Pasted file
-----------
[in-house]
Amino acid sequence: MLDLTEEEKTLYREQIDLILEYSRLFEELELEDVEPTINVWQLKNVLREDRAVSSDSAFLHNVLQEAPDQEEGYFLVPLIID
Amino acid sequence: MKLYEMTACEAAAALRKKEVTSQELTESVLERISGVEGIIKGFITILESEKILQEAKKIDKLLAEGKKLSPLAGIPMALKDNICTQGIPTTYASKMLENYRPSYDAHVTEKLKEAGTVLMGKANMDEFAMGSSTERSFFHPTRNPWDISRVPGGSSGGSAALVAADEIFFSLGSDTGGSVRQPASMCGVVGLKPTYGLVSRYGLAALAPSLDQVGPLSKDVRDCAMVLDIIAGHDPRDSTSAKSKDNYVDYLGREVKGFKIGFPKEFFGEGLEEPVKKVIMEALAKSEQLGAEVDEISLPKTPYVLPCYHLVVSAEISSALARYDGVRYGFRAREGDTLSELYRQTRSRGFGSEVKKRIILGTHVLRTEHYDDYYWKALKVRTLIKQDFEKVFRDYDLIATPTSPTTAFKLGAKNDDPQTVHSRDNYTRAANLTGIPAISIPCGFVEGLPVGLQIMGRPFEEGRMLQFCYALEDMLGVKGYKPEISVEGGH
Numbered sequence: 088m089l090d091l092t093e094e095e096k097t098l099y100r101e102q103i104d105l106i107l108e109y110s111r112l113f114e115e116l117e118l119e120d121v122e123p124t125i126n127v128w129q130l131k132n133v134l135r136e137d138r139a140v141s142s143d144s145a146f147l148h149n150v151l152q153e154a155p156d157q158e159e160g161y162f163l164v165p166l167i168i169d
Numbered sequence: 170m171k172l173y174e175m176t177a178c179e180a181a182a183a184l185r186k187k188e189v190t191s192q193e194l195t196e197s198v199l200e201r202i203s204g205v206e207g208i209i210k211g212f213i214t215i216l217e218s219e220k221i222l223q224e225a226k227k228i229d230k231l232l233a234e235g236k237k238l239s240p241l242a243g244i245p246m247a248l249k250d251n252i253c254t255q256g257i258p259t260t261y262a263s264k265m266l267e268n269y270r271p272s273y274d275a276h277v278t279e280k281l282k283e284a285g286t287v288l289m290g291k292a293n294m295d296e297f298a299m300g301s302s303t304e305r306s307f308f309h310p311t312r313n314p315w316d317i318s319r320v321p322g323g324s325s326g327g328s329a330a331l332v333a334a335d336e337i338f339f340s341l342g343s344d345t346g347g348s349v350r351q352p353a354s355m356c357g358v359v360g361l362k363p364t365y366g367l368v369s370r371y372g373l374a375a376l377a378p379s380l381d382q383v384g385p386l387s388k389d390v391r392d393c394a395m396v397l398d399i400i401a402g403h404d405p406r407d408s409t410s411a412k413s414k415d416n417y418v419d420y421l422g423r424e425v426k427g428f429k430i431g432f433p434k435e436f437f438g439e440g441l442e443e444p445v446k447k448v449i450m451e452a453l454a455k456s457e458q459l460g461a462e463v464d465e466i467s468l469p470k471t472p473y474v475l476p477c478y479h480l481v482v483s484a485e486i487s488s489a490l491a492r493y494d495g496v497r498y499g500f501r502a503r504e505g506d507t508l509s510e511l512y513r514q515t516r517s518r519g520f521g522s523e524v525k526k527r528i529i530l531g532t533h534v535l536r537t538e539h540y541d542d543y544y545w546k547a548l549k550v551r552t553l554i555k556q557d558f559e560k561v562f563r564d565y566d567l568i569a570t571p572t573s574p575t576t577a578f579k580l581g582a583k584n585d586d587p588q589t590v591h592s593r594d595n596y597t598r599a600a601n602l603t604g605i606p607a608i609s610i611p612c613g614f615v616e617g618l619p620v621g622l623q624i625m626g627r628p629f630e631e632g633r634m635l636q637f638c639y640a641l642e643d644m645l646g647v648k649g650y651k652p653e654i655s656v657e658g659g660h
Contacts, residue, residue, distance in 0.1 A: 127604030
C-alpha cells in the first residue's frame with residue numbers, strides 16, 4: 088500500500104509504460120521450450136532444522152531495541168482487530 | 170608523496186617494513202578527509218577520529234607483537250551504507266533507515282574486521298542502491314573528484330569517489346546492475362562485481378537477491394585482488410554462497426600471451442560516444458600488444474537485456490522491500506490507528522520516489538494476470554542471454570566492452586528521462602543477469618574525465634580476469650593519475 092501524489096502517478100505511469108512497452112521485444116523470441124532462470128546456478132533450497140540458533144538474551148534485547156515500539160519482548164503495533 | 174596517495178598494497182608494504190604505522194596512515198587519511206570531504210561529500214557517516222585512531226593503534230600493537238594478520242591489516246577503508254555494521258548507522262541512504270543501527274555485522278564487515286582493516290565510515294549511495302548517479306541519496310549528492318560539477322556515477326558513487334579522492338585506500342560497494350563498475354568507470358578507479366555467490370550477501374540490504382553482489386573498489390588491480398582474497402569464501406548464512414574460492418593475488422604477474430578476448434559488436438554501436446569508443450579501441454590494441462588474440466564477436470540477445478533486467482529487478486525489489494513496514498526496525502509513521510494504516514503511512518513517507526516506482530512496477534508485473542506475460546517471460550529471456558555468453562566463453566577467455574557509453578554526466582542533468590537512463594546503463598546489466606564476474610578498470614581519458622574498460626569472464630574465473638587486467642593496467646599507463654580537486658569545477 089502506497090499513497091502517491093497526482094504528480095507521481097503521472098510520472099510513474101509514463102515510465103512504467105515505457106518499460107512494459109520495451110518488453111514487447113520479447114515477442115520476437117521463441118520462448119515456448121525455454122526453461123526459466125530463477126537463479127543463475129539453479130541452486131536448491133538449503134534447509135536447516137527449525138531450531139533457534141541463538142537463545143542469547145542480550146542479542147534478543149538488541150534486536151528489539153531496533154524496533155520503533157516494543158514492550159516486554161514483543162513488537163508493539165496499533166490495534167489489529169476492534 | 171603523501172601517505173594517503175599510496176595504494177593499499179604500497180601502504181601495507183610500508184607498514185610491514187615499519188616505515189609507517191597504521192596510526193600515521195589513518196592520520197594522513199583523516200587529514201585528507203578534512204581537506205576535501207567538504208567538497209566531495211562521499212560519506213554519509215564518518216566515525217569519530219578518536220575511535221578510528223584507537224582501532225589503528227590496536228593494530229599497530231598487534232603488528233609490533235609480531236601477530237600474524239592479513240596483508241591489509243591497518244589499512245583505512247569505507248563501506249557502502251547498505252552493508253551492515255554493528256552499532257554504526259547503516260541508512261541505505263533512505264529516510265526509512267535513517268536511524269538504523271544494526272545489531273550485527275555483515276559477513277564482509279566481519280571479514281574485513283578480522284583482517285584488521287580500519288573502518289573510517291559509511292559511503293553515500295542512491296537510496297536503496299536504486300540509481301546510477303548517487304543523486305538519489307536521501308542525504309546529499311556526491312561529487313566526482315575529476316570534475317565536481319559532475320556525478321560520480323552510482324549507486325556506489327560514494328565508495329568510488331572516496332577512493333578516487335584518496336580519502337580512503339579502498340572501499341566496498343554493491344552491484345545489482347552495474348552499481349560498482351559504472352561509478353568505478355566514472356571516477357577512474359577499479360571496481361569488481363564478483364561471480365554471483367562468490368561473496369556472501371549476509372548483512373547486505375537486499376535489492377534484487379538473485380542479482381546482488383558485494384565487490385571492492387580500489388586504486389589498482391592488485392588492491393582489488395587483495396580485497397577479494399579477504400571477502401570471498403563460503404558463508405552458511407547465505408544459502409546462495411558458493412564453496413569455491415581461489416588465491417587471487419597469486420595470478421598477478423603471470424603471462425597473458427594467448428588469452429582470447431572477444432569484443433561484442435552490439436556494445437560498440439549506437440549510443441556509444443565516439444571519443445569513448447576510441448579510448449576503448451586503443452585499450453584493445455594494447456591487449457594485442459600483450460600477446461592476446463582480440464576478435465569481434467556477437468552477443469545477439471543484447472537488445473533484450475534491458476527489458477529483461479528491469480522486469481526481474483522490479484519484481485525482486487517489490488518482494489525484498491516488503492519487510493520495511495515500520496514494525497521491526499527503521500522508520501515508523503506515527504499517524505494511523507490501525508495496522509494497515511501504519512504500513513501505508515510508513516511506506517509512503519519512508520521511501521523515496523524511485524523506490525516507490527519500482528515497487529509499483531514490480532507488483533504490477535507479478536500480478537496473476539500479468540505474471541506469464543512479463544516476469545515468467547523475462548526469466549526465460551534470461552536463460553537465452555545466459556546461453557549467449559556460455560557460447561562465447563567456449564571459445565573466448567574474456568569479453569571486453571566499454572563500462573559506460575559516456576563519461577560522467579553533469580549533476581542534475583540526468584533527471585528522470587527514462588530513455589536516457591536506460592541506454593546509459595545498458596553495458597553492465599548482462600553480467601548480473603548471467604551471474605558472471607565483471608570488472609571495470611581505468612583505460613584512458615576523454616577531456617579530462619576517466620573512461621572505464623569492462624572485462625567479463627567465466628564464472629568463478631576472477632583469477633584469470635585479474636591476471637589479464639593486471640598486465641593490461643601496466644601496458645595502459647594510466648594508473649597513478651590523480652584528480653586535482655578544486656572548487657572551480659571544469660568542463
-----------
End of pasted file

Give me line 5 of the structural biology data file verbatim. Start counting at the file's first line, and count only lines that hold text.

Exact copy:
Numbered sequence: 170m171k172l173y174e175m176t177a178c179e180a181a182a183a184l185r186k187k188e189v190t191s192q193e194l195t196e197s198v199l200e201r202i203s204g205v206e207g208i209i210k211g212f213i214t215i216l217e218s219e220k221i222l223q224e225a226k227k228i229d230k231l232l233a234e235g236k237k238l239s240p241l242a243g244i245p246m247a248l249k250d251n252i253c254t255q256g257i258p259t260t261y262a263s264k265m266l267e268n269y270r271p272s273y274d275a276h277v278t279e280k281l282k283e284a285g286t287v288l289m290g291k292a293n294m295d296e297f298a299m300g301s302s303t304e305r306s307f308f309h310p311t312r313n314p315w316d317i318s319r320v321p322g323g324s325s326g327g328s329a330a331l332v333a334a335d336e337i338f339f340s341l342g343s344d345t346g347g348s349v350r351q352p353a354s355m356c357g358v359v360g361l362k363p364t365y366g367l368v369s370r371y372g373l374a375a376l377a378p379s380l381d382q383v384g385p386l387s388k389d390v391r392d393c394a395m396v397l398d399i400i401a402g403h404d405p406r407d408s409t410s411a412k413s414k415d416n417y418v419d420y421l422g423r424e425v426k427g428f429k430i431g432f433p434k435e436f437f438g439e440g441l442e443e444p445v446k447k448v449i450m451e452a453l454a455k456s457e458q459l460g461a462e463v464d465e466i467s468l469p470k471t472p473y474v475l476p477c478y479h480l481v482v483s484a485e486i487s488s489a490l491a492r493y494d495g496v497r498y499g500f501r502a503r504e505g506d507t508l509s510e511l512y513r514q515t516r517s518r519g520f521g522s523e524v525k526k527r528i529i530l531g532t533h534v535l536r537t538e539h540y541d542d543y544y545w546k547a548l549k550v551r552t553l554i555k556q557d558f559e560k561v562f563r564d565y566d567l568i569a570t571p572t573s574p575t576t577a578f579k580l581g582a583k584n585d586d587p588q589t590v591h592s593r594d595n596y597t598r599a600a601n602l603t604g605i606p607a608i609s610i611p612c613g614f615v616e617g618l619p620v621g622l623q624i625m626g627r628p629f630e631e632g633r634m635l636q637f638c639y640a641l642e643d644m645l646g647v648k649g650y651k652p653e654i655s656v657e658g659g660h